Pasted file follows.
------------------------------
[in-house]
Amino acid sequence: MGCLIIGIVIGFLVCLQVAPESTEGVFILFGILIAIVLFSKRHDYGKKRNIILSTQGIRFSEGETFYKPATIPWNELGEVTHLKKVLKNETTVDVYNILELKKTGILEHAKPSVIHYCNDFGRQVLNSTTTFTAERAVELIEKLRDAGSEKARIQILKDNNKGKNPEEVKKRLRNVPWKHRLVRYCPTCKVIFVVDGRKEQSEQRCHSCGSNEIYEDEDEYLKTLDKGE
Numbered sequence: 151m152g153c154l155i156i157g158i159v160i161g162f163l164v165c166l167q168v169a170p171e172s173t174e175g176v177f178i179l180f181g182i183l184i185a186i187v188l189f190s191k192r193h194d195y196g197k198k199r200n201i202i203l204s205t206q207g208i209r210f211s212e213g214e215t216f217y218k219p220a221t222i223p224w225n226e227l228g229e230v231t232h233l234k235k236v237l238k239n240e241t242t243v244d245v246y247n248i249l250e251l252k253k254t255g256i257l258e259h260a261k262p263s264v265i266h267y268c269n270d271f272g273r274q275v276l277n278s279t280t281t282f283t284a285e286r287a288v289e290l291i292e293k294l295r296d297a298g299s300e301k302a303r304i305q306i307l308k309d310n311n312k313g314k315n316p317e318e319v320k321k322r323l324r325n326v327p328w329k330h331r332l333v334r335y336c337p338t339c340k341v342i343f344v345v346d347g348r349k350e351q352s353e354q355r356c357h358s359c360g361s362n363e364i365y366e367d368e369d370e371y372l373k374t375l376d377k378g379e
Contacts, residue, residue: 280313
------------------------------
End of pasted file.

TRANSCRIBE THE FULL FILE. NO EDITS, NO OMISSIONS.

[in-house]
Amino acid sequence: MGCLIIGIVIGFLVCLQVAPESTEGVFILFGILIAIVLFSKRHDYGKKRNIILSTQGIRFSEGETFYKPATIPWNELGEVTHLKKVLKNETTVDVYNILELKKTGILEHAKPSVIHYCNDFGRQVLNSTTTFTAERAVELIEKLRDAGSEKARIQILKDNNKGKNPEEVKKRLRNVPWKHRLVRYCPTCKVIFVVDGRKEQSEQRCHSCGSNEIYEDEDEYLKTLDKGE
Numbered sequence: 151m152g153c154l155i156i157g158i159v160i161g162f163l164v165c166l167q168v169a170p171e172s173t174e175g176v177f178i179l180f181g182i183l184i185a186i187v188l189f190s191k192r193h194d195y196g197k198k199r200n201i202i203l204s205t206q207g208i209r210f211s212e213g214e215t216f217y218k219p220a221t222i223p224w225n226e227l228g229e230v231t232h233l234k235k236v237l238k239n240e241t242t243v244d245v246y247n248i249l250e251l252k253k254t255g256i257l258e259h260a261k262p263s264v265i266h267y268c269n270d271f272g273r274q275v276l277n278s279t280t281t282f283t284a285e286r287a288v289e290l291i292e293k294l295r296d297a298g299s300e301k302a303r304i305q306i307l308k309d310n311n312k313g314k315n316p317e318e319v320k321k322r323l324r325n326v327p328w329k330h331r332l333v334r335y336c337p338t339c340k341v342i343f344v345v346d347g348r349k350e351q352s353e354q355r356c357h358s359c360g361s362n363e364i365y366e367d368e369d370e371y372l373k374t375l376d377k378g379e
Contacts, residue, residue: 280313